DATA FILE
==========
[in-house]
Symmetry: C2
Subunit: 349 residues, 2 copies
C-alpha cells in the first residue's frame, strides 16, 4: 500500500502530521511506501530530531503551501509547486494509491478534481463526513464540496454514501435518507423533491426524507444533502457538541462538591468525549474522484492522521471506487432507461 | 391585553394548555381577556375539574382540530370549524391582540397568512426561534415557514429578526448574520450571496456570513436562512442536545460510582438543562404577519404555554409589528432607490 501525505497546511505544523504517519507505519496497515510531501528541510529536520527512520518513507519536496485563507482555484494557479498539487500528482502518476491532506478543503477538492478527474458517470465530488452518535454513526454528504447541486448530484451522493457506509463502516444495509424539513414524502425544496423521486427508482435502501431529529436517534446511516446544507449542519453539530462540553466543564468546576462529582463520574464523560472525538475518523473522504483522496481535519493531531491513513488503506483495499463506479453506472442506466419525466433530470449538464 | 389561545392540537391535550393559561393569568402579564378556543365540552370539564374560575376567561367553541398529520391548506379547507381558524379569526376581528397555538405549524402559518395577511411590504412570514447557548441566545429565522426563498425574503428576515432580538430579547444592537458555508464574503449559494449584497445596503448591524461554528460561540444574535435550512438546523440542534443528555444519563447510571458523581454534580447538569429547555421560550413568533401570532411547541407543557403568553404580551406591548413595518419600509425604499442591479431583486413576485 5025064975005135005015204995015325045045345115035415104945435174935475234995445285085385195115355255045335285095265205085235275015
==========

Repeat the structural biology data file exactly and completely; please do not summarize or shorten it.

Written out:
[in-house]
Symmetry: C2
Subunit: 349 residues, 2 copies
C-alpha cells in the first residue's frame, strides 16, 4: 500500500502530521511506501530530531503551501509547486494509491478534481463526513464540496454514501435518507423533491426524507444533502457538541462538591468525549474522484492522521471506487432507461 | 391585553394548555381577556375539574382540530370549524391582540397568512426561534415557514429578526448574520450571496456570513436562512442536545460510582438543562404577519404555554409589528432607490 501525505497546511505544523504517519507505519496497515510531501528541510529536520527512520518513507519536496485563507482555484494557479498539487500528482502518476491532506478543503477538492478527474458517470465530488452518535454513526454528504447541486448530484451522493457506509463502516444495509424539513414524502425544496423521486427508482435502501431529529436517534446511516446544507449542519453539530462540553466543564468546576462529582463520574464523560472525538475518523473522504483522496481535519493531531491513513488503506483495499463506479453506472442506466419525466433530470449538464 | 389561545392540537391535550393559561393569568402579564378556543365540552370539564374560575376567561367553541398529520391548506379547507381558524379569526376581528397555538405549524402559518395577511411590504412570514447557548441566545429565522426563498425574503428576515432580538430579547444592537458555508464574503449559494449584497445596503448591524461554528460561540444574535435550512438546523440542534443528555444519563447510571458523581454534580447538569429547555421560550413568533401570532411547541407543557403568553404580551406591548413595518419600509425604499442591479431583486413576485 5025064975005135005015204995015325045045345115035415104945435174935475234995445285085385195115355255045335285095265205085235275015